About this time in my talk, the hands of the people in the audience go up and people shout, “You can’t do that here!” Years ago, I did a course on Maui and showed the class the very 1-bedroom condo I had purchased in 1973. It was right across the street from where I was teaching, on a beautiful secluded white sand beach. You’d think that ‘seeing is believing’… but I still had people who were convinced that “You can’t do that here.” And: they couldn’t believe such a great property could have been purchased for $18,000.
In 1973, once I knew the numbers worked, I purchased two more units in the same development using two different credit cards. Foolishly, I sold two of the three, for approximately $35,000 each and paid capital gains taxes on the profit.
I held on to the remaining unit, that1-bedroom condo, for about 15 years and eventually sold it for $375,000 when the real estate market boomed on the island of Maui. As I’ve said: Start small and gain experience.
A few years before I sold that last 1-bedroom unit, it was renting for $850 a month—and delivering an infinite return, since I never had any of my own money in the investment. As rents went up, I refinanced the condo, taking out approximately $100,000 in debt. That $100,000 was tax-free money, because it was debt, not income. The rental income paid the mortgage loan and I was still receiving net rental income of about $300 a month, after expenses.
I eventually sold the condo because managing a single property, on an outer island was a hassle—and I had learned enough from that experience. I had learned to make money out of nothing.
Today, in 2015, I continue to use the same formula. The only difference is that the number of units, total dollars, and number of people required making the deal work have increased.
My latest property, which closed in May of 2015, was 1,600 units for $80 million. Once again, I have none of my money in the deal. Rather than use my “hard-earned” after-tax dollars for the purchase, I used a series of rolling-equity refinances and government tax incentives, plus debt—a formula very similar to my first, $18,000 Maui property.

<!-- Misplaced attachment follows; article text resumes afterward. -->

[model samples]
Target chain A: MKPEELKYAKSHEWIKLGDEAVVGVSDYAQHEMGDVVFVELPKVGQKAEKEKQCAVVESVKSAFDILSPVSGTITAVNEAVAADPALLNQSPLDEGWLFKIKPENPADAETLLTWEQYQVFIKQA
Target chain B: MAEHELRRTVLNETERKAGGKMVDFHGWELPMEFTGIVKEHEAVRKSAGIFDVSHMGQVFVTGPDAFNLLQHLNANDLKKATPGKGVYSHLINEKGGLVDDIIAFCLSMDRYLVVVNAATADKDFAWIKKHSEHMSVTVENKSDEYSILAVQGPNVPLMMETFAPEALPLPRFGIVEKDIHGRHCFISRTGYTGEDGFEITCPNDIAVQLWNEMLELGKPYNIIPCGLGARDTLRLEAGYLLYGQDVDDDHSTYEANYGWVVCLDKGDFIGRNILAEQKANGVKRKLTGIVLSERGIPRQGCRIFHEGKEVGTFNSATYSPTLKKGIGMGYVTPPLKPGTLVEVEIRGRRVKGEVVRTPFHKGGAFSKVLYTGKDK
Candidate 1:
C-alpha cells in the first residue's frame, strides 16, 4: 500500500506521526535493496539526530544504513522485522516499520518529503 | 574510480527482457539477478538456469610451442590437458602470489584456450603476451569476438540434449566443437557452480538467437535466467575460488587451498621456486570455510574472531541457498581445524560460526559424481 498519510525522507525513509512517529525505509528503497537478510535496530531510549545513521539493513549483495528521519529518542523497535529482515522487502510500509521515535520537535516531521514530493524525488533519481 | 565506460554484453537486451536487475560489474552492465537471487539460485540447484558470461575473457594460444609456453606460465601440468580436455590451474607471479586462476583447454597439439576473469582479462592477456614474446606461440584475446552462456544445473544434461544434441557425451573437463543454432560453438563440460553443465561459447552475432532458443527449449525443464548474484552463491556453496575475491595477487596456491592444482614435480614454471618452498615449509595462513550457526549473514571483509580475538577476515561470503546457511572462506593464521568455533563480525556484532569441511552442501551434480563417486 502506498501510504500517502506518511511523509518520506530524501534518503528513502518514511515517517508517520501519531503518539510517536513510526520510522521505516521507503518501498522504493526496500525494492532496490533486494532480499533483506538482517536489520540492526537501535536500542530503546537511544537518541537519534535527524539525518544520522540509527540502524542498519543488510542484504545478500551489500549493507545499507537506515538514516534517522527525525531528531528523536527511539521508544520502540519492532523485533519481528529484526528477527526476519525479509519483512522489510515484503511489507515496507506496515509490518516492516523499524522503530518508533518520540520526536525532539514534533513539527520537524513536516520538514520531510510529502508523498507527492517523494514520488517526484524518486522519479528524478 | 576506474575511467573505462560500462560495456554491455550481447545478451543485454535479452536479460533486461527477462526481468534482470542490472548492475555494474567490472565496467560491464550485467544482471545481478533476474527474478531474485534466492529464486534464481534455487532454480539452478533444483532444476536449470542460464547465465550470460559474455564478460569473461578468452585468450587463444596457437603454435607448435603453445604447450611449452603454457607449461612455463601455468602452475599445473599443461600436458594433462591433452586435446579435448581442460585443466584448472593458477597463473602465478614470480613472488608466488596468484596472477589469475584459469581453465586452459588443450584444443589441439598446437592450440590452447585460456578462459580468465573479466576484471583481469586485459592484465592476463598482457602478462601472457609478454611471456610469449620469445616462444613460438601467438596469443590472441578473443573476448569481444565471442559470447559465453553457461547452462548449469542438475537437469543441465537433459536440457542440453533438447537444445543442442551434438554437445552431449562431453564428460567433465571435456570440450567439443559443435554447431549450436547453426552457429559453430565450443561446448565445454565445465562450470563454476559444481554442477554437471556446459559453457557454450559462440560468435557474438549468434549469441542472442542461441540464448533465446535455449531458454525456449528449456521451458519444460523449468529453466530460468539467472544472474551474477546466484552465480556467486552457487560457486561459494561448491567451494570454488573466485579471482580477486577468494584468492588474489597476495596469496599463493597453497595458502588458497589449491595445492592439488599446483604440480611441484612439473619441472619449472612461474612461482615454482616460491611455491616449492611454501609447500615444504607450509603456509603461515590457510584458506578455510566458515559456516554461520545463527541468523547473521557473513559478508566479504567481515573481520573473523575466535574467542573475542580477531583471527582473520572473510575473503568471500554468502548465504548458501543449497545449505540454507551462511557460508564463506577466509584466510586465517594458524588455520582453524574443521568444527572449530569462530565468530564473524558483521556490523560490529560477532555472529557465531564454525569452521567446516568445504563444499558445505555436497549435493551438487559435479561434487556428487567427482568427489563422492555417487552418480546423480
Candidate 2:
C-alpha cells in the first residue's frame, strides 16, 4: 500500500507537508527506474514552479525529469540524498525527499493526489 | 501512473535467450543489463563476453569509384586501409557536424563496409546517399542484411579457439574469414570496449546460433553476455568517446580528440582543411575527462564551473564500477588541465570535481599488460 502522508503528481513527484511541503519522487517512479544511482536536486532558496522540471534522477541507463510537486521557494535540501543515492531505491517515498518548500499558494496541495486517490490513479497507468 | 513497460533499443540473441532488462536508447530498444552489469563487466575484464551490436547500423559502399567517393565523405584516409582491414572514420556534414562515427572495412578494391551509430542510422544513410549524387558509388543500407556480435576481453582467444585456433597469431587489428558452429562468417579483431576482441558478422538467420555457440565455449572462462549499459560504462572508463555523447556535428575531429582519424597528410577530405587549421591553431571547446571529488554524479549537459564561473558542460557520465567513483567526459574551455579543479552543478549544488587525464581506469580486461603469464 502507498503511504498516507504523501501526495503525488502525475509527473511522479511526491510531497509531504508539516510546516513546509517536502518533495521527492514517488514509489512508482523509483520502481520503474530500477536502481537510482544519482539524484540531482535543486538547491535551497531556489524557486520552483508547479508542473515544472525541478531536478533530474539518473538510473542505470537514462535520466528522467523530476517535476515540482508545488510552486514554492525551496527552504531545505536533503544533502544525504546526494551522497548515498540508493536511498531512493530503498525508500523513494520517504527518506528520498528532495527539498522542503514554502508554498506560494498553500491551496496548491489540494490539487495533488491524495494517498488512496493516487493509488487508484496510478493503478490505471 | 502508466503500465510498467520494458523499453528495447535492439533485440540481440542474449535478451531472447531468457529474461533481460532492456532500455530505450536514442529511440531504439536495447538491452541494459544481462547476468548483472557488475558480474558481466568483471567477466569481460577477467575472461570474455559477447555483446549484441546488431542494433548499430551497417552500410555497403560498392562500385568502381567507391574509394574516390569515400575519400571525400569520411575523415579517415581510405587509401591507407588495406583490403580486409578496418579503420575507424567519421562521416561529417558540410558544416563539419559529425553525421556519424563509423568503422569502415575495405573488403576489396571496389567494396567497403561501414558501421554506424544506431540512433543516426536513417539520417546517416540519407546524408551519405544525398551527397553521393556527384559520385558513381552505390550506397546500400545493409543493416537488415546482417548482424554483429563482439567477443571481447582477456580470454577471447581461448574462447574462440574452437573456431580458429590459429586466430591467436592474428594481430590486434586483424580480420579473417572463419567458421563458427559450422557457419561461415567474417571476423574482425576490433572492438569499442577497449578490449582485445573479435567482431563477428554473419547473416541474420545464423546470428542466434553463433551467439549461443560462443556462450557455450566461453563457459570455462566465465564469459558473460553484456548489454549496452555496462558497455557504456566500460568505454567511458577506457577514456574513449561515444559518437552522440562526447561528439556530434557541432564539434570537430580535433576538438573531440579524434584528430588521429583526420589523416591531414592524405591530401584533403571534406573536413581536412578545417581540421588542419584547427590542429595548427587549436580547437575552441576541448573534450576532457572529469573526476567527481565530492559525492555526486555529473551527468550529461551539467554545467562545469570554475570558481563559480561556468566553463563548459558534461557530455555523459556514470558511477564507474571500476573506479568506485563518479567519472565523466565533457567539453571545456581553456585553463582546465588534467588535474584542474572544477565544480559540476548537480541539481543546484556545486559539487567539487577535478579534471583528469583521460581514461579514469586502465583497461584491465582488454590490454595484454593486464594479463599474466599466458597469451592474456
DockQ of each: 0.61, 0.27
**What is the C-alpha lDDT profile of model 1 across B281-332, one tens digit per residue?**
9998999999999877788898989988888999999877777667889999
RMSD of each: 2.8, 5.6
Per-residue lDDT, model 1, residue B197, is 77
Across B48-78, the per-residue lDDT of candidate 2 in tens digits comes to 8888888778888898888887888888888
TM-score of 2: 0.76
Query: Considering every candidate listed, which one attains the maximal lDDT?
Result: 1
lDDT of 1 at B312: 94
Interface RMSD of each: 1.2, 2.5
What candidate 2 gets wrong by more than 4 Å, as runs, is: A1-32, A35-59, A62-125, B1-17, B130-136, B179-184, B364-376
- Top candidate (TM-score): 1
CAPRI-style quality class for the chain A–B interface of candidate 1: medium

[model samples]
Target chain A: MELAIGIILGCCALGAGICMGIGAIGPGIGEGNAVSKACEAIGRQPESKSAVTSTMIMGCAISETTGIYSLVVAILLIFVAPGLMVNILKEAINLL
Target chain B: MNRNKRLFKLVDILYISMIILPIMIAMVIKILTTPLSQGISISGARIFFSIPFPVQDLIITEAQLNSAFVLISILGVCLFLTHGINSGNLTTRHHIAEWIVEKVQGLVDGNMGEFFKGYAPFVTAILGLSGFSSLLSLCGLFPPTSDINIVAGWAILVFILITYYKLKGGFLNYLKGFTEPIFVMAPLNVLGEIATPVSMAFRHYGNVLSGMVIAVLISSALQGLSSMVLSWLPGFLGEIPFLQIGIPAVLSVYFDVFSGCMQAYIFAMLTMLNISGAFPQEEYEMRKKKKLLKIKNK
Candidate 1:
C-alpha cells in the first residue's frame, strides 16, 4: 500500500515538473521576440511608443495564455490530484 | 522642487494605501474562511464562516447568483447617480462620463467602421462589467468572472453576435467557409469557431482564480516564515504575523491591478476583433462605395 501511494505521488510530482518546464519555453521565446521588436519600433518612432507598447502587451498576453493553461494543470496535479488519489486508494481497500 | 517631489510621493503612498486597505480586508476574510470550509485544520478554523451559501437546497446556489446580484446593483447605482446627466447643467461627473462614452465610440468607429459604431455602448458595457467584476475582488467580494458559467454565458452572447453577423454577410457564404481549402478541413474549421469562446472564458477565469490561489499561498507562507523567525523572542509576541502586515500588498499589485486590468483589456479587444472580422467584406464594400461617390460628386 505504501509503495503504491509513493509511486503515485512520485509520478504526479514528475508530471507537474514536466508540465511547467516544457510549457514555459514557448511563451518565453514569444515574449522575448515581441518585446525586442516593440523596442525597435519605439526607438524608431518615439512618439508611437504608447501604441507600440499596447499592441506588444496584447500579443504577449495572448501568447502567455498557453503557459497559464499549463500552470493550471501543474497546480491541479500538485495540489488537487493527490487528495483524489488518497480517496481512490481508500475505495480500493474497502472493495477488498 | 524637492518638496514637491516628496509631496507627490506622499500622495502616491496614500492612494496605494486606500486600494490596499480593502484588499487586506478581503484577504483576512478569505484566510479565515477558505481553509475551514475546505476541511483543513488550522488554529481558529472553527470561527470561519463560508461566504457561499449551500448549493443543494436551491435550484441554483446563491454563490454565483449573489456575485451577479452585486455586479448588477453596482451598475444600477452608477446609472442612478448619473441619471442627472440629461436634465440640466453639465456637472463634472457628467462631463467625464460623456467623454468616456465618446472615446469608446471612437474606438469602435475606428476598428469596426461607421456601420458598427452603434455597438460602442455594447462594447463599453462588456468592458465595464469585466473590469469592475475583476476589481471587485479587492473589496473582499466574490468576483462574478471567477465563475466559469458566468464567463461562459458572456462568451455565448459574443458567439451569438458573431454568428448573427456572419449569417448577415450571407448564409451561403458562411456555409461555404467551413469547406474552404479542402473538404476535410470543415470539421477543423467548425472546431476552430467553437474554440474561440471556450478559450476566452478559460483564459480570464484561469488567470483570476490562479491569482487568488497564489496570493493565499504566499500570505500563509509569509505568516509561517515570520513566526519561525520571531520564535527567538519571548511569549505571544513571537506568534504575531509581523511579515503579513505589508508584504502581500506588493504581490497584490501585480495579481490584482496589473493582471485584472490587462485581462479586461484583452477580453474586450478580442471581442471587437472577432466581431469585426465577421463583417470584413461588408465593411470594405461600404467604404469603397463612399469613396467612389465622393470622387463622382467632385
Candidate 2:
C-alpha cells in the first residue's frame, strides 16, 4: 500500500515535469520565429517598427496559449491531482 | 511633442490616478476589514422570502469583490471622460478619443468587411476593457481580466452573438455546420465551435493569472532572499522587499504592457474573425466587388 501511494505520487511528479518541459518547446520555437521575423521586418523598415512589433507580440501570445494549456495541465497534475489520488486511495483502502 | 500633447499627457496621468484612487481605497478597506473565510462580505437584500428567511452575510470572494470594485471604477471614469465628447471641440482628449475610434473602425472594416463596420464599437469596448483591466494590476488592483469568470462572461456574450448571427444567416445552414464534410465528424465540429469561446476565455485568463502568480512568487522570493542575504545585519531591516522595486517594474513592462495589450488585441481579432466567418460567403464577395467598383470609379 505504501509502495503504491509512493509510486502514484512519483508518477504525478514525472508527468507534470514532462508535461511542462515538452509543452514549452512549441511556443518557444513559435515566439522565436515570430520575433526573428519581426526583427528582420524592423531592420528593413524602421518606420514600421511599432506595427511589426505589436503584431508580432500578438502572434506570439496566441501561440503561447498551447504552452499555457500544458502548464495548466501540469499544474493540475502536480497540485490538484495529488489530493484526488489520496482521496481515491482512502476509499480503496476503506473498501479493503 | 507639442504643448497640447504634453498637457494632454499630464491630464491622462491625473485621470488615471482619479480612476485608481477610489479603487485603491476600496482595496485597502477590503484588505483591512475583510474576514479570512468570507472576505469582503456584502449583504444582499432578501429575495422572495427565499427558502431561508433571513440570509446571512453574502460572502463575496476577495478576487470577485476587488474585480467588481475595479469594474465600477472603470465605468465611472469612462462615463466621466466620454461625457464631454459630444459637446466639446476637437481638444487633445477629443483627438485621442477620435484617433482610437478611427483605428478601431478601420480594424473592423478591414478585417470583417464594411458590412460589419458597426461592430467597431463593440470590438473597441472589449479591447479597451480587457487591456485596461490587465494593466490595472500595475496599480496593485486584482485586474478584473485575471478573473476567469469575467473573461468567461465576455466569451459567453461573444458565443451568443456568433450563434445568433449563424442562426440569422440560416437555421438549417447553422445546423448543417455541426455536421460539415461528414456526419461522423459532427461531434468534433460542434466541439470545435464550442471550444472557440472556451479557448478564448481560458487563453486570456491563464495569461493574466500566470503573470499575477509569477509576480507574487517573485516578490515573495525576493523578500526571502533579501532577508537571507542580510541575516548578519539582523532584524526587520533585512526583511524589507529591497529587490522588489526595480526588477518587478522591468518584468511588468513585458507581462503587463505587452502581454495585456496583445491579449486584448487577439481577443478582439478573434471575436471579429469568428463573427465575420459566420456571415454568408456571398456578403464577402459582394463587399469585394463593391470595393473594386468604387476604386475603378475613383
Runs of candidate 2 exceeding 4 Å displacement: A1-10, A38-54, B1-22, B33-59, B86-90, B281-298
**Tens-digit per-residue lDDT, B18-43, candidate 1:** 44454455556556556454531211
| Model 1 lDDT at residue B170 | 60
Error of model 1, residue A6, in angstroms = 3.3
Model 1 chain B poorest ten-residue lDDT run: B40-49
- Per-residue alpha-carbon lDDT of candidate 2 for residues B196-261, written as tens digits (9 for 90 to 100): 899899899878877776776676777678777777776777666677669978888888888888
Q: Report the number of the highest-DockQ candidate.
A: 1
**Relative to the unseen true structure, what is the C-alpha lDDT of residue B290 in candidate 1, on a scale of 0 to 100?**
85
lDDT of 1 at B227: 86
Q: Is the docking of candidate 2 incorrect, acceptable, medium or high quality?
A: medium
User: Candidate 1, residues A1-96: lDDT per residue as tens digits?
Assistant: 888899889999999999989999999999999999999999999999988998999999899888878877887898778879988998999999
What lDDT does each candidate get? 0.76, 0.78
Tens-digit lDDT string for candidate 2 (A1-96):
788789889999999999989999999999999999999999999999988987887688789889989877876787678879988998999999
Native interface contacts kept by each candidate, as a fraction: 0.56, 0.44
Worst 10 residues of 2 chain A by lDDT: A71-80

I’ll review the formula:
1. Acquire undervalued property.
2. Improve the property.
3. Raise rents.
4. Increase NOI (Net Operating Income).
5. Refinance—taking out cash, tax-free.
6. Reduce taxes using fundamental
accounting principles, of amortization, appreciation, depreciation, and component depreciation.
Here again, like in virtually every group in cities all over the world, hands go up and people say, “You can’t do that here.” Many of the people who say, “You can’t do that here” that are high-income professionals such as doctors, accountants, and lawyers.
Frosting on the Cake
The real financial benefit to acquiring millions in income-producing real estate is to legally pay as close to nothing in taxes as possible. In other words, because I invest in real estate in the I quadrant, I pay almost nothing in taxes on income I earn in the E, S, and B quadrants. For example, I earn considerable income as an author on my book sales in the S quadrant. The tax write-offs from real estate investments—in the I quadrant—offset my book income in the S quadrant. The same is true for income from The Rich Dad Company, income from the E and B quadrants.
Every year my income in the E, S, B and I quadrants goes up, which means I must acquire more real estate in the I quadrant—or face the taxman and pay more in taxes. This is another reason why the rich get richer and the gap between poor and middle class grows wider. It is a matter of financial education.
If you would like to learn more about this formula for real estate investing, you may want to read the books of my Rich Dad Advisors and business partners, Ken McElroy and Tom Wheelwright, CPA.
Ken’s books are: The ABCs of Real Estate Investing, The ABCs of Property Management, and The Advanced Guide to Real Estate Investing. Tom’s book is titled Tax-Free Wealth.
Neale Petersen interviews Robert Kiyosaki author of Rich Dad Poor Dad on the how to invest in real real estate and state of the world economy